When you’re going through a breakup, or even an intense fight with your romantic partner, it can feel like a catastrophe. Your work suffers, you’re moody, you’re appetite and sleep patterns are out of whack. You may feel a deep sense of loss or grief, as if you are losing a part of yourself. In short, relationship issues can easily trigger a bout of depression.
Your body produces a chemical called serotonin. (Many common anti-depressants work by boosting serotonin.) Serotonin does a lot of things, like regulate sleep and appetite, manage energy and focus, and stabilize moods. But serotonin is also the “relationship helper.” It allows you to experience a deep emotional bond with your partner, and helps you look past their annoying habits. Serotonin helps you move forward from conflicts so you don’t get stuck in a loop, going round and round about the same longstanding issues. When your serotonin is significantly depleted, living with just about anyone can seem almost unbearable.
Fighting with your partner reduces your body’s serotonin. And it’s a vicious cycle. The more you fight, the lower your serotonin. The lower your serotonin, the less compassion you feel for your partner. Depression and relationship issues are so closely tied, it can be difficult to distinguish the “chicken” from the “egg.” If you feel somehow stuck in your relationship, ask yourself if you might be depressed. By the same token, if you’re struggling with depression, ask yourself if this might be affecting your relationship. I’ve seen many couples over the years avoid a seemingly inevitable divorce by treating depression. At the same time, I’ve seen long-term couples break up because one or both members was unable/unwilling to recognize and treat this common mood disorder.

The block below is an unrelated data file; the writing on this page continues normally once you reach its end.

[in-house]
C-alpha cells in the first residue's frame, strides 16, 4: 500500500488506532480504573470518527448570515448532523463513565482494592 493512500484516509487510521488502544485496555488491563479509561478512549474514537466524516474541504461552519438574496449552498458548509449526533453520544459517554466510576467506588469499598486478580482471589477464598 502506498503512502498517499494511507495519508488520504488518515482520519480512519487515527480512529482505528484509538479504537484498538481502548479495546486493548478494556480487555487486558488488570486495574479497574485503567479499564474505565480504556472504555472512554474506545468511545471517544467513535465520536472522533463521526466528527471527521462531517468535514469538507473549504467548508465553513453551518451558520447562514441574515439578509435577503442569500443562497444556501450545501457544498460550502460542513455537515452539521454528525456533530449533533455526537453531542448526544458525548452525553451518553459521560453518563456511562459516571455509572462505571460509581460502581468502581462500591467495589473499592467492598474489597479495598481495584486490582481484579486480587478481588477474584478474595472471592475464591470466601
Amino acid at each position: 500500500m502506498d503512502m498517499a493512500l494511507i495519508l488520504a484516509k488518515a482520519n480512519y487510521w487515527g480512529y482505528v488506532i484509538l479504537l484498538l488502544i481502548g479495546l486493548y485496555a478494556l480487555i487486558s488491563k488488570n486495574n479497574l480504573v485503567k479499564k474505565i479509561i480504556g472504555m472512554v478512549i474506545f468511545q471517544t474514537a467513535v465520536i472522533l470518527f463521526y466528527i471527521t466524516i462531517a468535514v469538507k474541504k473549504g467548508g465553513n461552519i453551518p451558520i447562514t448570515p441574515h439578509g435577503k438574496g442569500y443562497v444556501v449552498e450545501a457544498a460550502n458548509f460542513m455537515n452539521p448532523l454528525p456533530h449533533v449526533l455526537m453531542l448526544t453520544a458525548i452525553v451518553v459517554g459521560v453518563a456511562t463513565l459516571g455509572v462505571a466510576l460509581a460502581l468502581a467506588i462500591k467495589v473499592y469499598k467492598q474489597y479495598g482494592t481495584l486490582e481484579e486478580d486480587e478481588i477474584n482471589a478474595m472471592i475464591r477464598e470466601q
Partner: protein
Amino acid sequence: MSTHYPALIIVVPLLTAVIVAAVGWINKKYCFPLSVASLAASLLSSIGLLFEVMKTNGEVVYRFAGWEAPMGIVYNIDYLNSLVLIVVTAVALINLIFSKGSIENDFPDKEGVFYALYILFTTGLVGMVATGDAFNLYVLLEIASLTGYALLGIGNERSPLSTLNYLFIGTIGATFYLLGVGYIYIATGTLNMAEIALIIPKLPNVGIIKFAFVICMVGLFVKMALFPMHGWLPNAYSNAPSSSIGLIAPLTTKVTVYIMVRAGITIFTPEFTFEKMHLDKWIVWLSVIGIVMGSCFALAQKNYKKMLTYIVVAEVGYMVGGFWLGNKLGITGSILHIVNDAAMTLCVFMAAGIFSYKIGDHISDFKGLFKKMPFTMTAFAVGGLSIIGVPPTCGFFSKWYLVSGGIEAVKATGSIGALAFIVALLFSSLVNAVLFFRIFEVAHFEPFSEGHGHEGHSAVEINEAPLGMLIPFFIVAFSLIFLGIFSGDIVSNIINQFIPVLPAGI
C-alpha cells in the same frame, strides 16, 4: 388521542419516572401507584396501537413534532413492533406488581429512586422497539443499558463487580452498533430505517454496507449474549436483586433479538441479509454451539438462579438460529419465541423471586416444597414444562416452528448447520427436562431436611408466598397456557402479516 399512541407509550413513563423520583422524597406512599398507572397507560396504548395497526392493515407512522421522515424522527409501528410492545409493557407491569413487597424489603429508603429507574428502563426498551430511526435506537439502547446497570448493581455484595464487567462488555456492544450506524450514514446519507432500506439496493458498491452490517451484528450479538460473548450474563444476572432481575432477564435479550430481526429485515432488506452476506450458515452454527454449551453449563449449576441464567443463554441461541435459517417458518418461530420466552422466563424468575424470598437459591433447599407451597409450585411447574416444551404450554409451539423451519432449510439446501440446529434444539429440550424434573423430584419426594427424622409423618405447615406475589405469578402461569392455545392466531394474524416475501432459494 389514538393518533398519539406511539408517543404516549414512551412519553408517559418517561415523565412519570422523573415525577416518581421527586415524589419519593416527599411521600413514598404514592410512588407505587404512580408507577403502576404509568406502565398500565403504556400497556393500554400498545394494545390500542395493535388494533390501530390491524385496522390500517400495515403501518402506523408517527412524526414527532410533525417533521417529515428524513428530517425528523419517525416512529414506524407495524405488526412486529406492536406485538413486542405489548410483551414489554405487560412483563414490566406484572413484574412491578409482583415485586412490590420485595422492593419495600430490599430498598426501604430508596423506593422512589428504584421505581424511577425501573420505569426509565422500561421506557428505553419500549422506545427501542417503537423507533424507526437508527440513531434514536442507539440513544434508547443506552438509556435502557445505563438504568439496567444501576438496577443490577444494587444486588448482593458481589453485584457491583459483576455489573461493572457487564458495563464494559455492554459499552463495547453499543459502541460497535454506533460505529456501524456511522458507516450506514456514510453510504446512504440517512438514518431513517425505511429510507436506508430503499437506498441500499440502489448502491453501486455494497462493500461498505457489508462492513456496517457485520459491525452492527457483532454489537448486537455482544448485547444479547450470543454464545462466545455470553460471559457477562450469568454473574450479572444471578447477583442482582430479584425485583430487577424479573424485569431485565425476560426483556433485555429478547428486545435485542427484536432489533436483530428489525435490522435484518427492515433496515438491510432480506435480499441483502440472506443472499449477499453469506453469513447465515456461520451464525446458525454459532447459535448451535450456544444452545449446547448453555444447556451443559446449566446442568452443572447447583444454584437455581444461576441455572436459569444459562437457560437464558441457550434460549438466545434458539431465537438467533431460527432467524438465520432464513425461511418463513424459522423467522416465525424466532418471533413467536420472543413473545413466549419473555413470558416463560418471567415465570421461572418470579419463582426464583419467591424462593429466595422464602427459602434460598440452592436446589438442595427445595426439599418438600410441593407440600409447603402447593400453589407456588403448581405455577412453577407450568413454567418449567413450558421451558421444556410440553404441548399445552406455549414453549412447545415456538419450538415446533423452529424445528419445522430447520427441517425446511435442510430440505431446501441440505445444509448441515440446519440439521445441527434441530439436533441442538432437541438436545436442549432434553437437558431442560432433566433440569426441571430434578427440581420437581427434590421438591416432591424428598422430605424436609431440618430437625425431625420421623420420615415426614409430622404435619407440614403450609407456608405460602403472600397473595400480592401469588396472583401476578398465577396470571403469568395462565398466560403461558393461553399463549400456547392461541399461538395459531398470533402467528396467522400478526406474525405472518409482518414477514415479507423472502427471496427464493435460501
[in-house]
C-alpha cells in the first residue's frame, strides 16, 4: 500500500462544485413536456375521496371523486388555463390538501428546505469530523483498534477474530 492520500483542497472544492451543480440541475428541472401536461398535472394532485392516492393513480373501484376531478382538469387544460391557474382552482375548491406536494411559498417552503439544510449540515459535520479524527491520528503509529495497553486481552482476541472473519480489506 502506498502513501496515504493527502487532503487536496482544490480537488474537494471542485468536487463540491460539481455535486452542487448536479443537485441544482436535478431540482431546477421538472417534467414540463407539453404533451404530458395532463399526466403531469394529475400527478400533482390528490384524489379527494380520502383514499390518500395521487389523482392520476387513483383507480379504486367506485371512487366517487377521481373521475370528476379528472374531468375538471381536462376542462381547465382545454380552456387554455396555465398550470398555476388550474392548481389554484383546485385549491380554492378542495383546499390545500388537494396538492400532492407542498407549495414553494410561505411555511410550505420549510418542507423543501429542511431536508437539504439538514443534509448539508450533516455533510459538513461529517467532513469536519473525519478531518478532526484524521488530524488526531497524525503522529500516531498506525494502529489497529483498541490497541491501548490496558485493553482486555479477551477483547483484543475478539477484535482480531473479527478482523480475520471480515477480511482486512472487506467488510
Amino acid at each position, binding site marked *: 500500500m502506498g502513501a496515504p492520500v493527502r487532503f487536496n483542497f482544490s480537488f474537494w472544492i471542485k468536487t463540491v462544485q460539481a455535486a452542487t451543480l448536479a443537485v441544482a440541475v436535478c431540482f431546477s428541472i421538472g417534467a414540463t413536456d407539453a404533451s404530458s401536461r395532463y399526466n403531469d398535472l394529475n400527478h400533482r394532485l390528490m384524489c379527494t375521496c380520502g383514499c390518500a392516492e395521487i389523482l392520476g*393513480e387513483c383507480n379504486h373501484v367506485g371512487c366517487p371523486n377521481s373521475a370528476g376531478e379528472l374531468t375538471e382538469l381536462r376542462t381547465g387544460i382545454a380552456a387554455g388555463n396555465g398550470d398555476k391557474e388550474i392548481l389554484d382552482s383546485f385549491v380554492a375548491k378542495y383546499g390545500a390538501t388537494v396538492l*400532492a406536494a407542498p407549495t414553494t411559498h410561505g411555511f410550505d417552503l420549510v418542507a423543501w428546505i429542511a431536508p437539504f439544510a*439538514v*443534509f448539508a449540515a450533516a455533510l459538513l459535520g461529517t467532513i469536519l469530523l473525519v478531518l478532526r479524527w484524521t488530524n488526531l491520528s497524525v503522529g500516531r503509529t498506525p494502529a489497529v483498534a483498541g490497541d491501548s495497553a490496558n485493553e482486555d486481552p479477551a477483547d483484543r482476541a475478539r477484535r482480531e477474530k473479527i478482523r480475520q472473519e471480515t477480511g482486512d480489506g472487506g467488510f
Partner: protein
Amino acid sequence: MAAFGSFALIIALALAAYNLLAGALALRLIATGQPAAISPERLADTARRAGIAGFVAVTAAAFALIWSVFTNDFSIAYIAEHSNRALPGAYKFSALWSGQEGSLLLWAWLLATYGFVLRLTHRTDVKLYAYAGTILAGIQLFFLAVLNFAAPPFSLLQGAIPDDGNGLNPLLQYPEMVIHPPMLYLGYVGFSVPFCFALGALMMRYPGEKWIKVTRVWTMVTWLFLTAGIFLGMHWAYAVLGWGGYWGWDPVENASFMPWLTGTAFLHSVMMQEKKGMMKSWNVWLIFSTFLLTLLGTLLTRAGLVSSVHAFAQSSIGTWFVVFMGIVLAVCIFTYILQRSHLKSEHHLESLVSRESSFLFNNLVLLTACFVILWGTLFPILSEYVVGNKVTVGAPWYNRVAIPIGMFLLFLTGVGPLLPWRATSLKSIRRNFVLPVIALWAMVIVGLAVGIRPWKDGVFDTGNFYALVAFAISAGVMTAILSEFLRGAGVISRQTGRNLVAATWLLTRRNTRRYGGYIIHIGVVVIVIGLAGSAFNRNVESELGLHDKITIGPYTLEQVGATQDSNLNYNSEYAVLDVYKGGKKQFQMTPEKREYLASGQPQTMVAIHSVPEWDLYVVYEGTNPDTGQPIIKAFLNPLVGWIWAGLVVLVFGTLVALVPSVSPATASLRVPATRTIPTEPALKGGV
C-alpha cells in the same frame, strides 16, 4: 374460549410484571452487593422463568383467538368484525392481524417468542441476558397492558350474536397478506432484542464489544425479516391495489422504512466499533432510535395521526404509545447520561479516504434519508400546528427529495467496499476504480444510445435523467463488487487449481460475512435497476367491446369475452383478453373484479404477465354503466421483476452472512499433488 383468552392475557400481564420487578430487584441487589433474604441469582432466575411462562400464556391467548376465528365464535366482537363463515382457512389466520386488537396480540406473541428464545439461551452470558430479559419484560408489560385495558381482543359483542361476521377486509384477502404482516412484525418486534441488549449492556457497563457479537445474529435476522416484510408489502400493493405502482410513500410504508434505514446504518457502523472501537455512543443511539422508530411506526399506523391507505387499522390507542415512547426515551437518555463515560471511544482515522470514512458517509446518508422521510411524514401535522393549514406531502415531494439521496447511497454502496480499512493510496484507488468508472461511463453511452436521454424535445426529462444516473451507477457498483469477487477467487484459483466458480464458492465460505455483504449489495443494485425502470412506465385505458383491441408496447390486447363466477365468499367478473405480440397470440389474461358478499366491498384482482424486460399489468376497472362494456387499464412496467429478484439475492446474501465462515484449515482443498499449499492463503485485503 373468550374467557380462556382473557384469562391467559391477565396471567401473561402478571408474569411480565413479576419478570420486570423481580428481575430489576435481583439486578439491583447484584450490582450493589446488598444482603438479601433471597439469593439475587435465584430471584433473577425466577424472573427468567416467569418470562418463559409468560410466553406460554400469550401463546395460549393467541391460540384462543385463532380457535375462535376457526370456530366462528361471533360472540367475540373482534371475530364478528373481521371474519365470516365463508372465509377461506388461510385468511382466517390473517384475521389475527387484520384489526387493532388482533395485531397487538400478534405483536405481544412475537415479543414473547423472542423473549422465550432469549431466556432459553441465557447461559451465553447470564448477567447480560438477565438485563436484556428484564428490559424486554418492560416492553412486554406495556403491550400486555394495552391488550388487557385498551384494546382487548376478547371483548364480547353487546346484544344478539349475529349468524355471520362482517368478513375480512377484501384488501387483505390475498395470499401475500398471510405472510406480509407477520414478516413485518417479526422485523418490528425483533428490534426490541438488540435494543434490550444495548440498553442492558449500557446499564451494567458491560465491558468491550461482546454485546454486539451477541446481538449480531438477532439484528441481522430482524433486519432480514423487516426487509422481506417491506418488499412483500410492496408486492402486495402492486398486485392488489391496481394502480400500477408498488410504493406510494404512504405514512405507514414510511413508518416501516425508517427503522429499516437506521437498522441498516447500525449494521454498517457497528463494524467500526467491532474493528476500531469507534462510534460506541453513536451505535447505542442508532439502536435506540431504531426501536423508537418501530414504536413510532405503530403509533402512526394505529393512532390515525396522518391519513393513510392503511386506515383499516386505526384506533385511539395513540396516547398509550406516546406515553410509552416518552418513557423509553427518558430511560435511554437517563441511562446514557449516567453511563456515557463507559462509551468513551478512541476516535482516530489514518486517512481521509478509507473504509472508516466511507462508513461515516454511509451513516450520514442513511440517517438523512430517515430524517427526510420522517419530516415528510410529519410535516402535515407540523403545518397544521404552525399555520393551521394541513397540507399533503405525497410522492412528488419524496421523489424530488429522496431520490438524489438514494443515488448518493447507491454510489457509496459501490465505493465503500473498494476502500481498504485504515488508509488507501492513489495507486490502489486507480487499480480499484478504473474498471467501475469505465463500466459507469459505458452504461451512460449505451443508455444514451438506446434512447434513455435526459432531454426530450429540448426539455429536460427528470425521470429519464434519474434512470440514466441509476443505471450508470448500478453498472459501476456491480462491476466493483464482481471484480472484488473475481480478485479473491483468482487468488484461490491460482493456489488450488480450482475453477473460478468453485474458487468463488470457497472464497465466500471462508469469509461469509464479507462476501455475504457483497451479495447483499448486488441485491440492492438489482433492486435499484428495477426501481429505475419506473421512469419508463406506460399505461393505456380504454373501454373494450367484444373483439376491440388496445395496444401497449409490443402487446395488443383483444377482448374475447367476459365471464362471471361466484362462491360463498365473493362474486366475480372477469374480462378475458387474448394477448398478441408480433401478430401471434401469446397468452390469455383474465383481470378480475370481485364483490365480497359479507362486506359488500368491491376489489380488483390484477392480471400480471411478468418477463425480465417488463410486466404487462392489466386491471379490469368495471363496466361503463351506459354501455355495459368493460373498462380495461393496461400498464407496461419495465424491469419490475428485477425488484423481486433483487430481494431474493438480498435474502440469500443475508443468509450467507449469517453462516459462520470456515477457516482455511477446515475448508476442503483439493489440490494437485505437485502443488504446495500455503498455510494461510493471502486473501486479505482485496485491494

Whether your serotonin is low because of relationship stress, depression, or some combination of the two, here are some things that help:
- healthy eating
About the Author: James Robbins is a licensed professional counselor, published author and co-owner of Dallas Whole Life Counseling. He has over 15 years of experience helping people in various life stages that come from a wide variety of cultural, economic and family backgrounds. Learn more about his background by clicking here.